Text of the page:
For more reliable protection against rapidly rising prices, consider instead Treasury Inflation-Protected Securities, or TIPS. Unlike normal Treasury bonds, the principal value of TIPS is adjusted twice a year to reflect changes in the consumer price index. Interest is based on the adjusted principal amount, so when the CPI rises, so does the interest payment. Inflation-wary investors have been flocking to them of late, driving up prices and sending yields into negative territory.

Still, the TIPS “inflation breakeven” rate — calculated by subtracting the current TIPS yield from the current nominal rate for the 10-year Treasury — now stands at about 2.1%, well below the long-run average annual rate of 3.6% since 1980. As with any bond, TIPS prices will be negatively impacted if interest rates rise, but not nearly to the same extent as regular Treasuries. And while TIPS aren’t particularly cheap now, pros like legendary bond investor Bill Gross have been buying them recently.

You can purchase TIPS directly from the government at TreasuryDirect.gov. Or you can buy them through an exchange-traded fund, such as Pimco 1-5 Year U.S. TIPS Index or iShares Barclays TIPS Bond.

Late career

1. Ratchet up your foreign bond exposure. With the exception of inflation-protected bonds, market sages aren’t showing a whole lot of love for long-term U.S. bonds these days. No less an authority than Warren Buffett recently called them “terrible investments.” What Buffett and others worry about is that bond prices have been artificially propped up by the Federal Reserve’s massive bond-buying program; once that ends, prices are bound to get whacked. For late-career savers and retirees in particular, that’s hardly an ideal scenario.

The typical U.S. investor currently allocates only 13% of his fixed-income portfolio to non-U.S. bonds, says Strategic Insight’s Nachmany. Most experts agree that a much higher allocation to high-quality foreign bonds — at least one-quarter of your total bond holdings — is more appropriate. That’s what the pros are doing: The average go-anywhere, world-allocation mutual fund allocates 40% of its fixed-income holdings to non-U.S. bonds, according to Morningstar. For investors with scant or no foreign bond exposure, “my advice is to avoid new purchases of long-term U.S. bonds altogether and start rebalancing into international bonds,” says Jason Hsu, chief investment officer of Research Affiliates.

The good news is that you’ve got a lot of choice: Foreign bonds now account for about three-quarters of all bonds that get issued worldwide. Currency movements can cause foreign bond prices to swing dramatically, so to minimize volatility, opt for a fund specifically designed to neutralize that impact. Two low-cost funds that fit the bill: iShares JP Morgan USD Emerging Markets Bond and Vanguard Total International Bond Index.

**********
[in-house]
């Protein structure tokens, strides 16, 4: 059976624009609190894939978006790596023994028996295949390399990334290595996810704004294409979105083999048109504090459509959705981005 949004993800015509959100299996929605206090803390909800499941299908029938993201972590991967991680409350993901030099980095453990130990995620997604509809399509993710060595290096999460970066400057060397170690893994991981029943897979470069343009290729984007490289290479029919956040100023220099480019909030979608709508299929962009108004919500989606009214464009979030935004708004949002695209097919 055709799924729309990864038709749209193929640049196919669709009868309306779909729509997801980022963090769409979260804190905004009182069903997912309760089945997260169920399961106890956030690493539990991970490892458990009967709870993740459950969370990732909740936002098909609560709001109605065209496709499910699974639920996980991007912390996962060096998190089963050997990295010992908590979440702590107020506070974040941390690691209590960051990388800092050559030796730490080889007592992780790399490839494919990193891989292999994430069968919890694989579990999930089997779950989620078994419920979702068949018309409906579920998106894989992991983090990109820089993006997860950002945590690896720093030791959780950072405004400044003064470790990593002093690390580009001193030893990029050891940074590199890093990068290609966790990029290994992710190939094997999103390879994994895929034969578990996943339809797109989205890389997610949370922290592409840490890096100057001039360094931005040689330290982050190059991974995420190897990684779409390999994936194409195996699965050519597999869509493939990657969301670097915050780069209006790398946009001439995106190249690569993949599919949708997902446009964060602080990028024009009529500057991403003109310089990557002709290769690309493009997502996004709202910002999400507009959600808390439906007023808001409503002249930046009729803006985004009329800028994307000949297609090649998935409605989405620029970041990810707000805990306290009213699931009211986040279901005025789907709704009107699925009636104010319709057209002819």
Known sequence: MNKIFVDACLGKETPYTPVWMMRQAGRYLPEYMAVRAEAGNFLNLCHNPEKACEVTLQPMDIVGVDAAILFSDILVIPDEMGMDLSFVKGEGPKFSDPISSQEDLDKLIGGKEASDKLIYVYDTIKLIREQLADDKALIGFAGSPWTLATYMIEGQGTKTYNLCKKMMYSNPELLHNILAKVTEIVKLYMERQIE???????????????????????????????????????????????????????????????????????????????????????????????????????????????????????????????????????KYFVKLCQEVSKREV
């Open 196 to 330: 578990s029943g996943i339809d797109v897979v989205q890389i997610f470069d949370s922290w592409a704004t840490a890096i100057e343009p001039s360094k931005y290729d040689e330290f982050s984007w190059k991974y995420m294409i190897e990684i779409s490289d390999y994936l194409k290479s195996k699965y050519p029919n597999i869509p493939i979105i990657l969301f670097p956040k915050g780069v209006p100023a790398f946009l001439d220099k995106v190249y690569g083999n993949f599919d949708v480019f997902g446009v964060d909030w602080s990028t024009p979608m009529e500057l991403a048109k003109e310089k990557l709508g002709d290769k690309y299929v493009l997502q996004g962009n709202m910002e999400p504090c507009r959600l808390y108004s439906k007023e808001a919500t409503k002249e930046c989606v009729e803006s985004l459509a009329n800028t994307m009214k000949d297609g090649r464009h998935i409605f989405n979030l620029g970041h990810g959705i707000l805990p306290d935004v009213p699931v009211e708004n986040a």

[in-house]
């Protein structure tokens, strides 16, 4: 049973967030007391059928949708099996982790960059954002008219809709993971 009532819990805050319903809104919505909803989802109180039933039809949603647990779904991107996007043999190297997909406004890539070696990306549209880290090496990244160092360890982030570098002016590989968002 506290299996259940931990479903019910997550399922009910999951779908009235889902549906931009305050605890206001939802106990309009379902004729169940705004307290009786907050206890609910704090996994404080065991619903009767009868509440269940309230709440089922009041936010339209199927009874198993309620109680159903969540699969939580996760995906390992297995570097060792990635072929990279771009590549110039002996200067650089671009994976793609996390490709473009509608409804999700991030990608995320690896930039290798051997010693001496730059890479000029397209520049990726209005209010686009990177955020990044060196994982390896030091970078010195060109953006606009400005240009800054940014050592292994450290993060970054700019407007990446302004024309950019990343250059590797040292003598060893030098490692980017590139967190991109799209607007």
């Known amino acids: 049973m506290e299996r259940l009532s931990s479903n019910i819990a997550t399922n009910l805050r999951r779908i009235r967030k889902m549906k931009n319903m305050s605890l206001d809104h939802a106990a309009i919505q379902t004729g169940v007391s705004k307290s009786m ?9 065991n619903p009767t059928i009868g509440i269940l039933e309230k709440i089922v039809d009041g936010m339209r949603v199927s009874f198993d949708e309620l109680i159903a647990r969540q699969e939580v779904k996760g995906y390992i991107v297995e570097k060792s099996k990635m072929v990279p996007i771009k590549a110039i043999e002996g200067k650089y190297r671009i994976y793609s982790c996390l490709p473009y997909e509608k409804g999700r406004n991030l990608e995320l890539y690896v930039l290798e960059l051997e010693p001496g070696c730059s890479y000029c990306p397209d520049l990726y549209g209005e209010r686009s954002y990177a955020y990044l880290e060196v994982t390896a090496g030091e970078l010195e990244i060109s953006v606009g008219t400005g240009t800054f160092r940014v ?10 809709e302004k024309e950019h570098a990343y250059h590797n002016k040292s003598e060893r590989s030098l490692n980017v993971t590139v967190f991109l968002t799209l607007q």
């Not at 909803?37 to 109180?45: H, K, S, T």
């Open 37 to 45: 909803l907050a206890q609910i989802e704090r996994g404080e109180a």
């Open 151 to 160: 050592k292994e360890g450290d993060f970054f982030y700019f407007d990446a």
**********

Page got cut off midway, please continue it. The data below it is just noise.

2. Park some cash outside the U.S. As you move closer to retirement, cash naturally plays a more strategic role in your portfolio. But beyond simply upping your allocation to cash, it also makes sense to hedge against the possibility that a falling U.S. dollar could hamper the future purchasing power of your savings. To be sure, the U.S. dollar has been showing signs of strength lately. The economy has continued to improve, and at the same time, governments around the world have been deliberately weakening their currencies against the U.S. to make their exports more competitive.

But much can change over the long span of your retirement. At the very least, concerns about the U.S. dollar still abound. The federal debt burden is ballooning, entitlement spending continues to escalate at an unsustainable pace, and trade imbalances with emerging countries are gaping wider. “In the long run we would expect the dollar to weaken, especially against emerging-market currencies,” says Hsu.

To hedge against this possibility, you can park some of your money in a U.S. bank account that offers foreign currency investments. Florida-based EverBank, for example, offers short-term certificates of deposit denominated in baskets of foreign currencies. The CDs are FDIC-insured and pay interest based on the rates prevailing in each relevant country.

Or you might consider moving a modest portion of your cash into an unhedged emerging-markets bond fund — one that packs the full punch of currency swings. They’re a riskier option than CDs, but the bonds’ higher yields (currently averaging around 4%) help to compensate for it. WisdomTree Emerging Markets Local Debt and Market Vectors EM Local Currency Bond are two low-cost choices. And successful investors must be willing to take the right risks.

This story is from the July 1, 2013 issue of Fortune.